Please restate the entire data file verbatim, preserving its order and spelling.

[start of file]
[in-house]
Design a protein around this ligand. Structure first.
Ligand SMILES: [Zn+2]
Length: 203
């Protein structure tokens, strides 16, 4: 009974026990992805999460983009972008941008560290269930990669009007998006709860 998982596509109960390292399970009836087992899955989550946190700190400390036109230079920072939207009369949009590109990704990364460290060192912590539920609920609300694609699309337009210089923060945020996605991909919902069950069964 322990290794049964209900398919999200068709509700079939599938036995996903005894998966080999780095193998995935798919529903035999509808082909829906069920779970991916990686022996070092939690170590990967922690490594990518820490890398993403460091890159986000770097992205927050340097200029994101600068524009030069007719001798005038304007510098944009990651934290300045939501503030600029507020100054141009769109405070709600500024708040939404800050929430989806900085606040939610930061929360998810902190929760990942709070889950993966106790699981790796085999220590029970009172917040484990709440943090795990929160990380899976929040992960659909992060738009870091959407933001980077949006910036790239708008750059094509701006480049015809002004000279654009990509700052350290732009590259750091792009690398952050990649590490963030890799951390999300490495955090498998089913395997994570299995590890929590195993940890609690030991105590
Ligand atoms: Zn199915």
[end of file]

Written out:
[in-house]
Design a protein around this ligand. Structure first.
Ligand SMILES: [Zn+2]
Length: 203
């Protein structure tokens, strides 16, 4: 009974026990992805999460983009972008941008560290269930990669009007998006709860 998982596509109960390292399970009836087992899955989550946190700190400390036109230079920072939207009369949009590109990704990364460290060192912590539920609920609300694609699309337009210089923060945020996605991909919902069950069964 322990290794049964209900398919999200068709509700079939599938036995996903005894998966080999780095193998995935798919529903035999509808082909829906069920779970991916990686022996070092939690170590990967922690490594990518820490890398993403460091890159986000770097992205927050340097200029994101600068524009030069007719001798005038304007510098944009990651934290300045939501503030600029507020100054141009769109405070709600500024708040939404800050929430989806900085606040939610930061929360998810902190929760990942709070889950993966106790699981790796085999220590029970009172917040484990709440943090795990929160990380899976929040992960659909992060738009870091959407933001980077949006910036790239708008750059094509701006480049015809002004000279654009990509700052350290732009590259750091792009690398952050990649590490963030890799951390999300490495955090498998089913395997994570299995590890929590195993940890609690030991105590
Ligand atoms: Zn199915």